From adolescent to adult gambling: An analysis of longitudinal gambling patterns in South Australia.

Paul Delfabbro, Daniel King, Mark D. Griffiths

Research output: Contribution to journalArticlepeer-review

68 Citations (Scopus)


Although there are many cross-sectional studies of adolescent gambling, very few longitudinal investigations have been undertaken. As a result, little is known about the individual stability of gambling behaviour and the extent to which behaviour measured during adolescence is related to adult behaviour. In this paper, we report the results of a 4-wave longitudinal investigation of gambling behaviour in a probability sample of 256 young people (50 % male, 50 % female) who were interviewed in 2005 at the age of 16-18 years and then followed through to the age of 20-21 years. The results indicated that young people showed little stability in their gambling. Relatively few reported gambling on the same individual activities consistently over time. Gambling participation rates increased rapidly as young people made the transition from adolescence to adulthood and then were generally more stable. Gambling at 15-16 years was generally not associated with gambling at age 20-21 years. These results highlight the importance of individual-level analyses when examining gambling patterns over time.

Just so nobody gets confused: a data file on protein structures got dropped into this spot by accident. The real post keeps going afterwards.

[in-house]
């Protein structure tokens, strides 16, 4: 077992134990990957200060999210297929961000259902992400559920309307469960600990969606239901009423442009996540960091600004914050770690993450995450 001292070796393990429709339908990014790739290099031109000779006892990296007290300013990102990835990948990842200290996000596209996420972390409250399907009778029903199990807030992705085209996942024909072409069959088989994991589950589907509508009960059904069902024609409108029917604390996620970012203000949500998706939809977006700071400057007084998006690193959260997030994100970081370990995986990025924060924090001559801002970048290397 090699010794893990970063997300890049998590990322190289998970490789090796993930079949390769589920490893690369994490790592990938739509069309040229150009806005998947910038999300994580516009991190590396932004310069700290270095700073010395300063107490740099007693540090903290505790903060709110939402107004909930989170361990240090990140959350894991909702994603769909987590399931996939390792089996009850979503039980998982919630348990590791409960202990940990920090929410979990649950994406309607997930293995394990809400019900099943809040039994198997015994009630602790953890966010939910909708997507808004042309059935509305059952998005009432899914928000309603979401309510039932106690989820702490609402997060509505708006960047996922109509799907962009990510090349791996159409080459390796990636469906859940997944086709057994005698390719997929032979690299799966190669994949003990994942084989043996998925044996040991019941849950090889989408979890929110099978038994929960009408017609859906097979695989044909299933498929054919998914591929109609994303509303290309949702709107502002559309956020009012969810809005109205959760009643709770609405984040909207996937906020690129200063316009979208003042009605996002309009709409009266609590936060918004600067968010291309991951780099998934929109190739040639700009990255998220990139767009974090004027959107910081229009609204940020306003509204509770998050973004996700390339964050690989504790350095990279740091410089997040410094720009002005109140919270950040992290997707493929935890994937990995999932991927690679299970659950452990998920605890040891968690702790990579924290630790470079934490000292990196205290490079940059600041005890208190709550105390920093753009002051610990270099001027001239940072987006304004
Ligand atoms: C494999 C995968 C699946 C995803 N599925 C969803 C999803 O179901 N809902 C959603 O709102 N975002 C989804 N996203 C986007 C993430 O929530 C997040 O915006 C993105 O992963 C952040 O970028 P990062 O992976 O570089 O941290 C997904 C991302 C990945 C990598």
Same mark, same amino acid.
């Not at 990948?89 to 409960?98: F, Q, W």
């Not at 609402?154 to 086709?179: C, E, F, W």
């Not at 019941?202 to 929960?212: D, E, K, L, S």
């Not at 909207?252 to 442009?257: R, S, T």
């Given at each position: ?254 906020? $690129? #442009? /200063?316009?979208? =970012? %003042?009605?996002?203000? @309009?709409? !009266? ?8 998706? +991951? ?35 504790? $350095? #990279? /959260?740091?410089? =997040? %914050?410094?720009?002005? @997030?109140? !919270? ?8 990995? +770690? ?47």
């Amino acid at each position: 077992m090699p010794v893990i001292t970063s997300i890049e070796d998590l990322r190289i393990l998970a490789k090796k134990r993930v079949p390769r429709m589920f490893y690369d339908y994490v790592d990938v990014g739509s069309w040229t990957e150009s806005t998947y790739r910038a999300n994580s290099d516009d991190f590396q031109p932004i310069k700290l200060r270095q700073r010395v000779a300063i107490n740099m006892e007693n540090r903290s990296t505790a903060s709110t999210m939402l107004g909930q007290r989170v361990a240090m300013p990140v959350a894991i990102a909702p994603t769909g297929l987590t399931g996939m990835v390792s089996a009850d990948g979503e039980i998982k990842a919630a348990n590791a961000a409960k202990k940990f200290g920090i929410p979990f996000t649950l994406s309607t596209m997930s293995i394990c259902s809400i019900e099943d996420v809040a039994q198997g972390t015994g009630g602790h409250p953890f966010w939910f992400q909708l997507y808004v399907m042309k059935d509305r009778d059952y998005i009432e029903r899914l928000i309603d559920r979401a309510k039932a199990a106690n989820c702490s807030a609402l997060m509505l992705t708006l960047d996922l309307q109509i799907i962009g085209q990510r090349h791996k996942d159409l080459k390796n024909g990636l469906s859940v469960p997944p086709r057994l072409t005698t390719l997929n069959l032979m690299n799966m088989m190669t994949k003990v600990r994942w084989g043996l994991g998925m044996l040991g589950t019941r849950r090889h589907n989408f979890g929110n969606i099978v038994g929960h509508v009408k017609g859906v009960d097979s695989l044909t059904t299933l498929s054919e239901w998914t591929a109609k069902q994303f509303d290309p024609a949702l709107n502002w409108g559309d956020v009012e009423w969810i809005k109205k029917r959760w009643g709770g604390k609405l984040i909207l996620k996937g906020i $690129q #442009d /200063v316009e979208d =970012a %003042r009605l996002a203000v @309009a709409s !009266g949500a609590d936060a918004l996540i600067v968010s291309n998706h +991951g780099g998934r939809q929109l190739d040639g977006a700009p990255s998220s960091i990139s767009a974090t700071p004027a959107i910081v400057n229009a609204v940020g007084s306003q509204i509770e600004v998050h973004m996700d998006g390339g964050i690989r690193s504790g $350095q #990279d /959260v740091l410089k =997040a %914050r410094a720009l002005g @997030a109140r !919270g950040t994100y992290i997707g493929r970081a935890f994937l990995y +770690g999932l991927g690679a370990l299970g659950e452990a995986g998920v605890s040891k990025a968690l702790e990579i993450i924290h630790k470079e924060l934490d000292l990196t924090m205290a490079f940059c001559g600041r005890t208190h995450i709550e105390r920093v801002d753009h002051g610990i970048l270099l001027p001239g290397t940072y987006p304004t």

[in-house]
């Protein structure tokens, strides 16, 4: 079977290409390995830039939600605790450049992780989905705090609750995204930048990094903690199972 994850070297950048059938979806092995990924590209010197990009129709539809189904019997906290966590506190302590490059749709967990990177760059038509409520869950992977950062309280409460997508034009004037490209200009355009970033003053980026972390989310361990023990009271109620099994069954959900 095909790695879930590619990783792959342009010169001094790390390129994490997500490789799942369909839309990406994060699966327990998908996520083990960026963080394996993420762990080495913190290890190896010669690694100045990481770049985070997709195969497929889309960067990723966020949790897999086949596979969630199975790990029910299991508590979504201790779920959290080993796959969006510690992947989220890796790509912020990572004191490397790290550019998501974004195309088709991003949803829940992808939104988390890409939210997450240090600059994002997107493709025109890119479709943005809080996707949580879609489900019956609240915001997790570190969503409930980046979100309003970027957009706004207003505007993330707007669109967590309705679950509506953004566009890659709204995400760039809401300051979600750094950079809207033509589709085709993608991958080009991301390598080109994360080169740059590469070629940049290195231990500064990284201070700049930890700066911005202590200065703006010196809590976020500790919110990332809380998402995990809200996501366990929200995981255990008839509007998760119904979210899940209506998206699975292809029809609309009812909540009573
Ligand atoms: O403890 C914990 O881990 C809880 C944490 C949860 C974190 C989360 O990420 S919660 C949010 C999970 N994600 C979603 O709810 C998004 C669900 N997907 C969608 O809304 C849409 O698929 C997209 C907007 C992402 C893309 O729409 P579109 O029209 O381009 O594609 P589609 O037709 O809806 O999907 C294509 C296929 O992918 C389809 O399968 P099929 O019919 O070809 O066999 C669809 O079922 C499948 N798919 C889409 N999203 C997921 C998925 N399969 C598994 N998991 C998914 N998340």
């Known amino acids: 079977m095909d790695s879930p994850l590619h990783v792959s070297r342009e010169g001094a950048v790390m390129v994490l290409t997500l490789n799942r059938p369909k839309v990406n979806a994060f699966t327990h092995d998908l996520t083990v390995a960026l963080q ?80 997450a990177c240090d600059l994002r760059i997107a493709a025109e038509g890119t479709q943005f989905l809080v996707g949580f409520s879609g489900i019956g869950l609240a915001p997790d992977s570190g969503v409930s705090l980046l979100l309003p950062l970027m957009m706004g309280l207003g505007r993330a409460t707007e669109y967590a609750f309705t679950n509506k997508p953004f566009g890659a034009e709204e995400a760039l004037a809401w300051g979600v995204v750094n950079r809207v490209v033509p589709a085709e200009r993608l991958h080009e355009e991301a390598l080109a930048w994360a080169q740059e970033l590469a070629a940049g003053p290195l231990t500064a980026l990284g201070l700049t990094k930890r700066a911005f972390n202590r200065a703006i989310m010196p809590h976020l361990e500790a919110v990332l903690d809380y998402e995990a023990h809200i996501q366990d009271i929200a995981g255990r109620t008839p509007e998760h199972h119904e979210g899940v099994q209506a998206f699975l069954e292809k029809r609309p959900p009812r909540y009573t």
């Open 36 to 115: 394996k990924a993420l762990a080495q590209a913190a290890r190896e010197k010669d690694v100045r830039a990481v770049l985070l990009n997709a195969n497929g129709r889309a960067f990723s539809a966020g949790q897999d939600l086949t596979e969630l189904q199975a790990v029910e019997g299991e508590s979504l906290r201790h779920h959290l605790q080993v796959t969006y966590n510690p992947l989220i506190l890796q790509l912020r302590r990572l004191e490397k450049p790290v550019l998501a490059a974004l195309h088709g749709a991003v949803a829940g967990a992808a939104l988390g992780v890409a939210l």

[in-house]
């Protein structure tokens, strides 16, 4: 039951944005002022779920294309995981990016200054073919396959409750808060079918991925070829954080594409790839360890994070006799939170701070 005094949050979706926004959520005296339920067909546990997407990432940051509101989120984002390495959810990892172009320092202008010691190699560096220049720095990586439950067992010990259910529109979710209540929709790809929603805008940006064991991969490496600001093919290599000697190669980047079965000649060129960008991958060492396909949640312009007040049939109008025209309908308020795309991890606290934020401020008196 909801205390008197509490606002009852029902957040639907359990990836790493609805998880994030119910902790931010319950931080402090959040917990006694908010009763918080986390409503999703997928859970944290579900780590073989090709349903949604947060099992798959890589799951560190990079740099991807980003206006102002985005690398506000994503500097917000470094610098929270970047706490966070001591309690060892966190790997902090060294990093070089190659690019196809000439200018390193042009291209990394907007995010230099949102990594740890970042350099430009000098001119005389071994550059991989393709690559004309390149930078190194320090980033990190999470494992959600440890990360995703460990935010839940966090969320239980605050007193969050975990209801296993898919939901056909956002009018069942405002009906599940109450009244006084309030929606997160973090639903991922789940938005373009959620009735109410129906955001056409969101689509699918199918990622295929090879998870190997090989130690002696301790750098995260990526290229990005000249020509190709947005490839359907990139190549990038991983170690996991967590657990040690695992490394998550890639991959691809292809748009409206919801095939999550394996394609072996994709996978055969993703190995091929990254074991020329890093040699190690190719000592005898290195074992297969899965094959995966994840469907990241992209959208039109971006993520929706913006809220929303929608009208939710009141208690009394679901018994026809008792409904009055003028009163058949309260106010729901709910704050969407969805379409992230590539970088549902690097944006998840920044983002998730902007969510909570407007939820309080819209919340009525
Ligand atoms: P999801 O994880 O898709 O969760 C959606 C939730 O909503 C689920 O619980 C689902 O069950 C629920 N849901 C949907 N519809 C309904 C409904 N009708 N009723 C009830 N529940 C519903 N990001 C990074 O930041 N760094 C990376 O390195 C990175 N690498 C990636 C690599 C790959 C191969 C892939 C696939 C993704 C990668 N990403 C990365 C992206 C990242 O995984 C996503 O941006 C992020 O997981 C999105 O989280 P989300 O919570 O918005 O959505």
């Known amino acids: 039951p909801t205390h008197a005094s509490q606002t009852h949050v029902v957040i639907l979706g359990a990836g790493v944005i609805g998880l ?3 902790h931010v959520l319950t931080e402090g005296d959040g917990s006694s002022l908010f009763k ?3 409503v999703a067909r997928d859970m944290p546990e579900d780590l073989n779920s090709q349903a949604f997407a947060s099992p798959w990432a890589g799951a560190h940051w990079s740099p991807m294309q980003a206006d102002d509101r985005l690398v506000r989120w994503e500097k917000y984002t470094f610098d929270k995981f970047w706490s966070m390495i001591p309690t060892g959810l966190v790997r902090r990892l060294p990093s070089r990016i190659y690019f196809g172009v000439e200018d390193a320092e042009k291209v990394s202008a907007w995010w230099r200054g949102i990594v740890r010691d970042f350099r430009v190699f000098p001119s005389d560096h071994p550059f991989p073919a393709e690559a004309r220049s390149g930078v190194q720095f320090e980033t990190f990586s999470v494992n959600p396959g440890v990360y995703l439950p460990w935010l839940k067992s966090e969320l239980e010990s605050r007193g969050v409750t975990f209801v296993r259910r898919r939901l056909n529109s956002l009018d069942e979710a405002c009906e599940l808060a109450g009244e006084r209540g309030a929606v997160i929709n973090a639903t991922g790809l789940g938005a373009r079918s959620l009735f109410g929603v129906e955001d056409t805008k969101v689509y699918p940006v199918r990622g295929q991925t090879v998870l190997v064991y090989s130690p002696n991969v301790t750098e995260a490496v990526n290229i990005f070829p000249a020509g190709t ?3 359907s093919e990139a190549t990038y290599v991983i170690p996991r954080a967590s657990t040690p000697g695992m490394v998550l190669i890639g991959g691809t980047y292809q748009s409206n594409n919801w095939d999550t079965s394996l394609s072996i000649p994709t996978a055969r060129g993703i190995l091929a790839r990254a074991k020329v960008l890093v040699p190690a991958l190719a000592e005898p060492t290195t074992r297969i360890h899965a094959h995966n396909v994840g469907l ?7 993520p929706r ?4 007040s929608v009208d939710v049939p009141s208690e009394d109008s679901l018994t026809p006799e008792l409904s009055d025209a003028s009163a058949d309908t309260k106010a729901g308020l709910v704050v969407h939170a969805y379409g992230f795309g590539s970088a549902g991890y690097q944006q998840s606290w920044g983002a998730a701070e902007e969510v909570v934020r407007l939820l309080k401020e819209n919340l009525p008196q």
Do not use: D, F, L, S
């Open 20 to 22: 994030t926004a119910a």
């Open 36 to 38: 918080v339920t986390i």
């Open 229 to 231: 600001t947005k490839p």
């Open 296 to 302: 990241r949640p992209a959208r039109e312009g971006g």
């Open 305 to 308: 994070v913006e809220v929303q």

Original languageEnglish
Pages (from-to)547-563
Number of pages17
JournalJournal of gambling studies / co-sponsored by the National Council on Problem Gambling and Institute for the Study of Gambling and Commercial Gaming
Publication statusPublished - Sept 2014
Externally publishedYes


  • Adolescent gambling
  • Sports betting
  • instant lotteries


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